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Cotton, carbon, and pollution

Our business is centred on reusables -- moving away from single-use wrapping paper and Christmas crackers, to high-quality cotton reusables. That's not to say we think cotton gets off scott free when it comes to carbon and pollution. Far from it!
 
But, all the cotton we use, whether our own designs or from another supplier, is digitally printed rather than the older style screen printed like the cheap Christmas cotton supplied to big craft stores. In the image above, water pollution from Azo dyes, which account for 60 to 70 percent of all dyes in the industry, are responsible for setting high intensity hues, poppy reds in particular. But when broken down and metabolised, they are a known carcinogenic. Digital printing which we use, allows dye to settle in the fabric without the need for toxic fixing agents and massive water discharge.
 
FESPA is a global federation of 37 national associations for the screen printing, digital printing and textile printing community and according to them, digital textile printing has long proved to be much more sustainable than analogue printing techniques. "Its benefits range from a significant reduction in ink consumption and in water pollution to an increased efficiency of production processes and logistics, just to name a few. Cutting-edge digital textile printers make it possible to set up a greener and more environmentally-friendly textile printing production.
"Did you know that after the paper and oil industries, the textile industry ranks as the third largest water consuming sector in the world? And when it comes to water pollution, this industry gets the top score of all sectors, with no less than 20%. This shouldn’t come as a surprise, bearing in mind that coloured fabric is dyed, white fabric is bleached and printed textiles need to be steamed and dried to fix and then remove surplus ink. "When moving to digital textile printing – by investing in dye sublimation and in paper transfer technologies – printing companies immediately experience a significant decrease in water and energy usage. In comparison to a conventional six-colour printing process, a digital print process enables you to save at least 60% of water consumption. If all running metres of all printed textile worldwide shifted from conventional to digital print, we could save up to 760 billion litres of water, meaning enough water to fill up 300,000 Olympic swimming pools. And that’s not all. It would also save up to 800 million cubic metres of gas, and 1,000 GWh of electricity.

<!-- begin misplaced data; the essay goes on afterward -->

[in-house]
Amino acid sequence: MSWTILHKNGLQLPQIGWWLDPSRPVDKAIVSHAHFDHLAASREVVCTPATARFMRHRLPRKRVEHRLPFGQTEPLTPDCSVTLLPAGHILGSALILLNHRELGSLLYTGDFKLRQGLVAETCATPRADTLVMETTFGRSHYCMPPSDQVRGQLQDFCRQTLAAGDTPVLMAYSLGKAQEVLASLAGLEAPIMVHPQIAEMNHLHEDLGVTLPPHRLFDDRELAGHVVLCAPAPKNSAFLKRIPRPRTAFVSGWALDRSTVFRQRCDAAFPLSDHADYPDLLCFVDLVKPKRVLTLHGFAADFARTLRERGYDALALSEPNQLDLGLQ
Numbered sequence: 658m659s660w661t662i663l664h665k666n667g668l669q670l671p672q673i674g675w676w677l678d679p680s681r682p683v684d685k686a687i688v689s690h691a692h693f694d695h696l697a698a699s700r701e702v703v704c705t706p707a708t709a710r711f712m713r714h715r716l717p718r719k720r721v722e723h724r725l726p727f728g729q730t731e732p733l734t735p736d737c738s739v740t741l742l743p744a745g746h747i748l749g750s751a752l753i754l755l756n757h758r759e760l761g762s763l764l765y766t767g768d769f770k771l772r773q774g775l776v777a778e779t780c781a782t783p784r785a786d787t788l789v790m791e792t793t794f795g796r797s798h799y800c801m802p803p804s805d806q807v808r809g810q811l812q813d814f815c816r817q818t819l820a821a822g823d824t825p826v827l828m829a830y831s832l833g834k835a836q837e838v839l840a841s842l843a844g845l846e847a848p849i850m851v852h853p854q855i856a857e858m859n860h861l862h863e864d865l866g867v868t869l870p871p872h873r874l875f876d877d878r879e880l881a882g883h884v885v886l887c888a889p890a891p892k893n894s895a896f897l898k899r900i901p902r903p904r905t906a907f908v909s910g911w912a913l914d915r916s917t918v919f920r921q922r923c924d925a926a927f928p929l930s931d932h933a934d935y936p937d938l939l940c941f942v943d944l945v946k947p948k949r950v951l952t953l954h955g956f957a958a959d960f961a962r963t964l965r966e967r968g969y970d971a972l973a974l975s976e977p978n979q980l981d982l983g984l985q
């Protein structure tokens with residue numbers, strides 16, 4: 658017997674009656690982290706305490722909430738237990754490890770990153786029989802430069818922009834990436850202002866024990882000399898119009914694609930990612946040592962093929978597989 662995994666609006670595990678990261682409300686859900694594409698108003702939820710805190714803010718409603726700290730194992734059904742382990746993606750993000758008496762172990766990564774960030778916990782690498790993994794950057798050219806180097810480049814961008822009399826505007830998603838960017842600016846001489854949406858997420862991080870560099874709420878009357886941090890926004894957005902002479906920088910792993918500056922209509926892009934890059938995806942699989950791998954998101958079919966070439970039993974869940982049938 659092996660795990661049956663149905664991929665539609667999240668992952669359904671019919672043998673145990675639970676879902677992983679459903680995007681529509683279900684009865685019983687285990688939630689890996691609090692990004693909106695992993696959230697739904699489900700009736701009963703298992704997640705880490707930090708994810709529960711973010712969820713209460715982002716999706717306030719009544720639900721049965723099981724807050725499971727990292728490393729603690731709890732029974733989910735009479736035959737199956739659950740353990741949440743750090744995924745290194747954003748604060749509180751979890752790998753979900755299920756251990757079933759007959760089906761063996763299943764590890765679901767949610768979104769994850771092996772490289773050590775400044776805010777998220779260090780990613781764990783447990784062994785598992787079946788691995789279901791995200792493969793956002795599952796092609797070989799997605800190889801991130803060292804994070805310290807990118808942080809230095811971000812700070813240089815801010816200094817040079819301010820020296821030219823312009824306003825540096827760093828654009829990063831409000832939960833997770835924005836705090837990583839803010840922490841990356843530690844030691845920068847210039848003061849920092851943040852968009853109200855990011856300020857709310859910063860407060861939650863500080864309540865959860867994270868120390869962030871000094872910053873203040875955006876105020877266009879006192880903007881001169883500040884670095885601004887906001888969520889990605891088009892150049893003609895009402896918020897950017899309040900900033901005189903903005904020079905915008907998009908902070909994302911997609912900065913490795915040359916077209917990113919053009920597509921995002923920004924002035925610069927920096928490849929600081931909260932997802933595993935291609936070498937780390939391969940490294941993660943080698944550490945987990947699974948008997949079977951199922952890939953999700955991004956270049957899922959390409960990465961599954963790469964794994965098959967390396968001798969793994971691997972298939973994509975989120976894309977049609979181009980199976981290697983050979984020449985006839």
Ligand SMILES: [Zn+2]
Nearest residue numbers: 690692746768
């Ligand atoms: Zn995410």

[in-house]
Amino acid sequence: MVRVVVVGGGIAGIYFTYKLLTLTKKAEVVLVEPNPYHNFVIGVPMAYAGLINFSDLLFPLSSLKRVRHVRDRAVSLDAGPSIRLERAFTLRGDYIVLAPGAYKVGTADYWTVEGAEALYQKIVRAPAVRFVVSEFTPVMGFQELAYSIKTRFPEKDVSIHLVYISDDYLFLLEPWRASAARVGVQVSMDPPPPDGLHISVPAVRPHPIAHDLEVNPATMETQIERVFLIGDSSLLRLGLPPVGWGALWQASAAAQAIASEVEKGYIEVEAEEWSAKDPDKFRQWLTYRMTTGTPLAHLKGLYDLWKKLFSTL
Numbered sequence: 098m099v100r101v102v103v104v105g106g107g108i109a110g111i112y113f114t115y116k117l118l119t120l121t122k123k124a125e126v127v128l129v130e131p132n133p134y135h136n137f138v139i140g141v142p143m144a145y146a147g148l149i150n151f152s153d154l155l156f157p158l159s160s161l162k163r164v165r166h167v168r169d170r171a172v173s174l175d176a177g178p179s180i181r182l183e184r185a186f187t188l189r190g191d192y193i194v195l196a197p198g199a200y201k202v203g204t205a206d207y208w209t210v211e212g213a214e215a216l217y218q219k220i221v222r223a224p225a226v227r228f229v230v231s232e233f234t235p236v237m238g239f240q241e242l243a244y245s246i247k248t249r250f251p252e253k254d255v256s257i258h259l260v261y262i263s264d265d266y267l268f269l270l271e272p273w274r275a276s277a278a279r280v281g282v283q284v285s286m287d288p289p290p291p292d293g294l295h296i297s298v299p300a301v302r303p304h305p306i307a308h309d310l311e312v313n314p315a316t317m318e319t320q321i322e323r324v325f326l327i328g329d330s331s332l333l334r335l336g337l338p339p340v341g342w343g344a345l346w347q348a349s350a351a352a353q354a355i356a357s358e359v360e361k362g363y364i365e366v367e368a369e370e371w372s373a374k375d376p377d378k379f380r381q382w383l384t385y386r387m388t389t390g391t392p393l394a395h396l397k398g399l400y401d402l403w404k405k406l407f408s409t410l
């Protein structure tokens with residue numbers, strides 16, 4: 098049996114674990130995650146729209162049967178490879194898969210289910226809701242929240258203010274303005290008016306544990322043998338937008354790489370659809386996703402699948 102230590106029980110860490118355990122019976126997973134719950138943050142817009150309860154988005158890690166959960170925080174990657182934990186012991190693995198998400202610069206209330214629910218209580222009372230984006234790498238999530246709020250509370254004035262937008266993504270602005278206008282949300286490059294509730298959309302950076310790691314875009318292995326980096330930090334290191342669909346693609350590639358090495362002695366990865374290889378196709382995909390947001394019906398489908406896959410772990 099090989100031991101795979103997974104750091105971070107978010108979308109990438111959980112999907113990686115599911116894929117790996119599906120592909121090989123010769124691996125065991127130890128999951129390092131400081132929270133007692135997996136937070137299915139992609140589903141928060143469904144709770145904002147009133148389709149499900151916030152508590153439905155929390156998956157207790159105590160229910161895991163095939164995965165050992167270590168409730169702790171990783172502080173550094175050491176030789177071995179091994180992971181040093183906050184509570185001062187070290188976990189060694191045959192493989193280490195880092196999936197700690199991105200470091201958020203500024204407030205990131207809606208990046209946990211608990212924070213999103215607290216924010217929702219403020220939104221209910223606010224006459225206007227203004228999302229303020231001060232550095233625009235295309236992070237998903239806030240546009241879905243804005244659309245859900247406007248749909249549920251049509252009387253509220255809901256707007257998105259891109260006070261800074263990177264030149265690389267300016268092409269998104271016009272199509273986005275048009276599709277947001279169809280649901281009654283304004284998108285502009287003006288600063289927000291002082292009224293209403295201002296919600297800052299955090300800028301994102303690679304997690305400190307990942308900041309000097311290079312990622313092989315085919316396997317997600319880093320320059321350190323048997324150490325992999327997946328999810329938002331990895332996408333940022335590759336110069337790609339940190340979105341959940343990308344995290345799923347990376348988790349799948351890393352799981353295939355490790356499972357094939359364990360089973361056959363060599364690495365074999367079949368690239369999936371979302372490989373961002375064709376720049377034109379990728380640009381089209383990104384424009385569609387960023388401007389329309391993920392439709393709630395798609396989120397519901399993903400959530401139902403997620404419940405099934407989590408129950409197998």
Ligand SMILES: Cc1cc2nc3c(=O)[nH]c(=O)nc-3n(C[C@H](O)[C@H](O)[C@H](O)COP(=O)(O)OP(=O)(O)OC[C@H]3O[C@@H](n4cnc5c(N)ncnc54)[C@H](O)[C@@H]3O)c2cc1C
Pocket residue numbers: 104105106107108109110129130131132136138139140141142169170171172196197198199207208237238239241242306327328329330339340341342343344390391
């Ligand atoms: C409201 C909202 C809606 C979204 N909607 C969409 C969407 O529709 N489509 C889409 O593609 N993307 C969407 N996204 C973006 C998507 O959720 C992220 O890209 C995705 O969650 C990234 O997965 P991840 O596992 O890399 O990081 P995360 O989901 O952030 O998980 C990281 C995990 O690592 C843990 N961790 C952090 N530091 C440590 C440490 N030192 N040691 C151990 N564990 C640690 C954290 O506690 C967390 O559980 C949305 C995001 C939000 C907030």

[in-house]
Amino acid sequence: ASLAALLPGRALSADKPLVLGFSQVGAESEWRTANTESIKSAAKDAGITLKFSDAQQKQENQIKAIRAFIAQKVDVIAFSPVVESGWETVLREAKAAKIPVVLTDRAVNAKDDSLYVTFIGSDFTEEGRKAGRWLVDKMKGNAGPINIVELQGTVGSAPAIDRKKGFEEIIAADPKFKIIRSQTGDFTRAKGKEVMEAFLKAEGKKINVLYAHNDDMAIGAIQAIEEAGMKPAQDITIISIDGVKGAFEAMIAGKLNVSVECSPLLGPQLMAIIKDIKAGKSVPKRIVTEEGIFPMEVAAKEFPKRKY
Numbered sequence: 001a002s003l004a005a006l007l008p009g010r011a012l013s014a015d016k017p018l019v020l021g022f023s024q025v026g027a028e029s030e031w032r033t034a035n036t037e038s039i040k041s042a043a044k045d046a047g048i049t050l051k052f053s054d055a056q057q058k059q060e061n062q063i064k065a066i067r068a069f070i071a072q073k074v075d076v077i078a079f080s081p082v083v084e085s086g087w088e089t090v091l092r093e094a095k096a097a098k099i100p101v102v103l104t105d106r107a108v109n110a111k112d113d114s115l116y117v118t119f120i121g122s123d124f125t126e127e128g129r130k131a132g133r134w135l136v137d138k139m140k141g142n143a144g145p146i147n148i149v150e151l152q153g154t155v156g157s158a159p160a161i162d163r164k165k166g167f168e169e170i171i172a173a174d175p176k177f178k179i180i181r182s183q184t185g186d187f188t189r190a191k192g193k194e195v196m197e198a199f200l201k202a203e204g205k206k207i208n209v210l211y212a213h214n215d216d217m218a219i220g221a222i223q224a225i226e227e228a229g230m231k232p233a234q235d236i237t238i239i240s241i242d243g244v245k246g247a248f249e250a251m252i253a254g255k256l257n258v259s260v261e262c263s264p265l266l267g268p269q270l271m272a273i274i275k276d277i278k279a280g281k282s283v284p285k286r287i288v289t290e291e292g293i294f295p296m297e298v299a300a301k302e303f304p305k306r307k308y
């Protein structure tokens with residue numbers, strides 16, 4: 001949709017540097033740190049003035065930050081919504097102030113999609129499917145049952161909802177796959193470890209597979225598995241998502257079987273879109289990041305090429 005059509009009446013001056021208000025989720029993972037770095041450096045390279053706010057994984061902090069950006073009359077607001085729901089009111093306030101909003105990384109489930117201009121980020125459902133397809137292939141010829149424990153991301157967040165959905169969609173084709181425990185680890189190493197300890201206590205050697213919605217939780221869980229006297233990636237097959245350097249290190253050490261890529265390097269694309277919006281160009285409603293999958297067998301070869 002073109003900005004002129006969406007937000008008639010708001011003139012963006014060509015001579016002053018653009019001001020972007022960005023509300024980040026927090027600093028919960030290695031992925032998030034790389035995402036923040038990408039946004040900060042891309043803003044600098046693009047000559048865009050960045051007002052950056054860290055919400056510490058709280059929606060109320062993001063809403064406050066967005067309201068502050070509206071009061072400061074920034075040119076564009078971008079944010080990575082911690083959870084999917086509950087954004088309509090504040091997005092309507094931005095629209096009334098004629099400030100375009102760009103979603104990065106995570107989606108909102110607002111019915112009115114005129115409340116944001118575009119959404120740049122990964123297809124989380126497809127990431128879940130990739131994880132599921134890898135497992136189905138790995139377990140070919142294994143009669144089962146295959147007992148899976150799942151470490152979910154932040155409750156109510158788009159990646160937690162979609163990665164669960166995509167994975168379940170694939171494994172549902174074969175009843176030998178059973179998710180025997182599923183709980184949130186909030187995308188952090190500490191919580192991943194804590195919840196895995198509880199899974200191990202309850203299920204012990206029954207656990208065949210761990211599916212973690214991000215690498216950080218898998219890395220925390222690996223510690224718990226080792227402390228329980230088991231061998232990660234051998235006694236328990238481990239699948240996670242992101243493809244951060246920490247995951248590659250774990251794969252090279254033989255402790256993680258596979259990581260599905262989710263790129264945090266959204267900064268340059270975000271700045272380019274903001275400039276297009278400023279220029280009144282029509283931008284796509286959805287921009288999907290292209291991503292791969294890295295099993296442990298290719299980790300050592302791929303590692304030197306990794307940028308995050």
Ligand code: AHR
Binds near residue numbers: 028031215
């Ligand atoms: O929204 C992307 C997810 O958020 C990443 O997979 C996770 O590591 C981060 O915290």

"Despite the rapid evolution of digital textile printing technologies, traditional analogue printing still dominates high-volume textile production. Despite its environmental issues, this is because it’s still considered the most cost-effective solution. However, in terms of both time and money, it doesn’t come without its fair share of drawbacks, namely the cost of screens or cylinders. And, once used, these screens and cylinders then require additional and costly storage. Also, preparing inks and fabrics can take many hours to complete, and that’s for both machines and human operators too. Negatively impacting productivity, these processes are hardly compatible with today’s textile and fashion industry, driven as it is by customer-focused personalisation and shrinking production runs."
 
So, we are pretty realistic about the downsides of our products. But, on balance, we believe the use of digital printing, combined with an intended life-long use of our product (not regularly discarded like fast fashion) makes our reusables better in the long run.